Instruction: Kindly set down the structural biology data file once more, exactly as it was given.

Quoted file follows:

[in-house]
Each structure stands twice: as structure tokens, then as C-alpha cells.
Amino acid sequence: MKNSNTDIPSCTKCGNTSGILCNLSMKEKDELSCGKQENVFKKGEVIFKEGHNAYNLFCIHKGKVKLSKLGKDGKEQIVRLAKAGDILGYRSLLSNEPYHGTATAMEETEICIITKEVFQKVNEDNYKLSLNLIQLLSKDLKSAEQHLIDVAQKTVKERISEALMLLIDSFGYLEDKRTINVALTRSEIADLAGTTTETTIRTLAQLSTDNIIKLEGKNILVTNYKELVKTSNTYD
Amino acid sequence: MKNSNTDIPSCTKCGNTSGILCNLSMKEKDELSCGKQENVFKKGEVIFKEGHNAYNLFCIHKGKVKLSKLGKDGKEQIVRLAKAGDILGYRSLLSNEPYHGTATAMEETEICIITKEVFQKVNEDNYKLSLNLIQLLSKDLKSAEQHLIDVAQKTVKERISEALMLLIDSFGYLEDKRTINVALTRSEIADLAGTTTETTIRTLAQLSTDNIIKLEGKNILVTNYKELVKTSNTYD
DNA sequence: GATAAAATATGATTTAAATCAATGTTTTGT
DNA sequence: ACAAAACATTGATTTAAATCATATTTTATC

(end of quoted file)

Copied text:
[in-house]
Each structure stands twice: as structure tokens, then as C-alpha cells.
Amino acid sequence: MKNSNTDIPSCTKCGNTSGILCNLSMKEKDELSCGKQENVFKKGEVIFKEGHNAYNLFCIHKGKVKLSKLGKDGKEQIVRLAKAGDILGYRSLLSNEPYHGTATAMEETEICIITKEVFQKVNEDNYKLSLNLIQLLSKDLKSAEQHLIDVAQKTVKERISEALMLLIDSFGYLEDKRTINVALTRSEIADLAGTTTETTIRTLAQLSTDNIIKLEGKNILVTNYKELVKTSNTYD
Amino acid sequence: MKNSNTDIPSCTKCGNTSGILCNLSMKEKDELSCGKQENVFKKGEVIFKEGHNAYNLFCIHKGKVKLSKLGKDGKEQIVRLAKAGDILGYRSLLSNEPYHGTATAMEETEICIITKEVFQKVNEDNYKLSLNLIQLLSKDLKSAEQHLIDVAQKTVKERISEALMLLIDSFGYLEDKRTINVALTRSEIADLAGTTTETTIRTLAQLSTDNIIKLEGKNILVTNYKELVKTSNTYD
DNA sequence: GATAAAATATGATTTAAATCAATGTTTTGT
DNA sequence: ACAAAACATTGATTTAAATCATATTTTATC